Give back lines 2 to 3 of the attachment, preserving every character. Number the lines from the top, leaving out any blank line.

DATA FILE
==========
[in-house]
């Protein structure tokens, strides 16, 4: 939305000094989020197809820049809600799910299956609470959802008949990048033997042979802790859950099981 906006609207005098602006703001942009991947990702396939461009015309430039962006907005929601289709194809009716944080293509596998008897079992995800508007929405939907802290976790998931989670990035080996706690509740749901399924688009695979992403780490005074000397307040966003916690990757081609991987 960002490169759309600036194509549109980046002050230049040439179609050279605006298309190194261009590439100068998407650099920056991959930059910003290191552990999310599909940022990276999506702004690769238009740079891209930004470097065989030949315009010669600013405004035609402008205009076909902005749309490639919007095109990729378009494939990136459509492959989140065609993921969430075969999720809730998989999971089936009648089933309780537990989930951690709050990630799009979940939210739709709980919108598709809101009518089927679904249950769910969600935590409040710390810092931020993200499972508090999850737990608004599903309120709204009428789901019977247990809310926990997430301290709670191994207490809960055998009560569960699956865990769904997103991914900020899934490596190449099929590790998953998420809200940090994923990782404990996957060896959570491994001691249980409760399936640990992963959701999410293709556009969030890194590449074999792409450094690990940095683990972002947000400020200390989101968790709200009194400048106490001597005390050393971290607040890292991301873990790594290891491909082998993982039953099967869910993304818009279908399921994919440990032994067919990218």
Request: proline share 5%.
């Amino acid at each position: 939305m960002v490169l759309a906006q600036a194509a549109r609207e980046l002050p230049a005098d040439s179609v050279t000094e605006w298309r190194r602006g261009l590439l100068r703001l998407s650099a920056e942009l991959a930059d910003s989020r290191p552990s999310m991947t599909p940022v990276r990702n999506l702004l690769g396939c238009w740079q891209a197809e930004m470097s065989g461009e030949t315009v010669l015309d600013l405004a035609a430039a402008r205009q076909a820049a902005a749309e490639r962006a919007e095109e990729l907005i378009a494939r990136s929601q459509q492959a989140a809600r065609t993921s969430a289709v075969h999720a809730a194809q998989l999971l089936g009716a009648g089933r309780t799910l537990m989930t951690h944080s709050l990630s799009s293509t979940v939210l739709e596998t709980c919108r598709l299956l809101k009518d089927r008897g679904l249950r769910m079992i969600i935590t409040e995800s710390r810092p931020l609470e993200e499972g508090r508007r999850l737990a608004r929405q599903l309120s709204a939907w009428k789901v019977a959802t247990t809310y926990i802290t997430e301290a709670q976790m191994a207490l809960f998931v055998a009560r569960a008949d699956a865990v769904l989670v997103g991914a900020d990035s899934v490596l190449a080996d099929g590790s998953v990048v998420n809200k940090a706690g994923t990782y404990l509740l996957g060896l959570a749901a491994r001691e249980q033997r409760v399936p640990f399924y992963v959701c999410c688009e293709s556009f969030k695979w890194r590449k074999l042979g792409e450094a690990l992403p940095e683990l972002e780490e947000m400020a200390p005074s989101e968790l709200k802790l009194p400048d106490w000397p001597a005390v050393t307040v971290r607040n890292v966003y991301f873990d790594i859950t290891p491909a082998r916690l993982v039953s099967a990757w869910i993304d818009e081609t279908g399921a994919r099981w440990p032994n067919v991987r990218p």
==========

């Protein structure tokens, strides 16, 4: 939305000094989020197809820049809600799910299956609470959802008949990048033997042979802790859950099981 906006609207005098602006703001942009991947990702396939461009015309430039962006907005929601289709194809009716944080293509596998008897079992995800508007929405939907802290976790998931989670990035080996706690509740749901399924688009695979992403780490005074000397307040966003916690990757081609991987 960002490169759309600036194509549109980046002050230049040439179609050279605006298309190194261009590439100068998407650099920056991959930059910003290191552990999310599909940022990276999506702004690769238009740079891209930004470097065989030949315009010669600013405004035609402008205009076909902005749309490639919007095109990729378009494939990136459509492959989140065609993921969430075969999720809730998989999971089936009648089933309780537990989930951690709050990630799009979940939210739709709980919108598709809101009518089927679904249950769910969600935590409040710390810092931020993200499972508090999850737990608004599903309120709204009428789901019977247990809310926990997430301290709670191994207490809960055998009560569960699956865990769904997103991914900020899934490596190449099929590790998953998420809200940090994923990782404990996957060896959570491994001691249980409760399936640990992963959701999410293709556009969030890194590449074999792409450094690990940095683990972002947000400020200390989101968790709200009194400048106490001597005390050393971290607040890292991301873990790594290891491909082998993982039953099967869910993304818009279908399921994919440990032994067919990218």
Request: proline share 5%.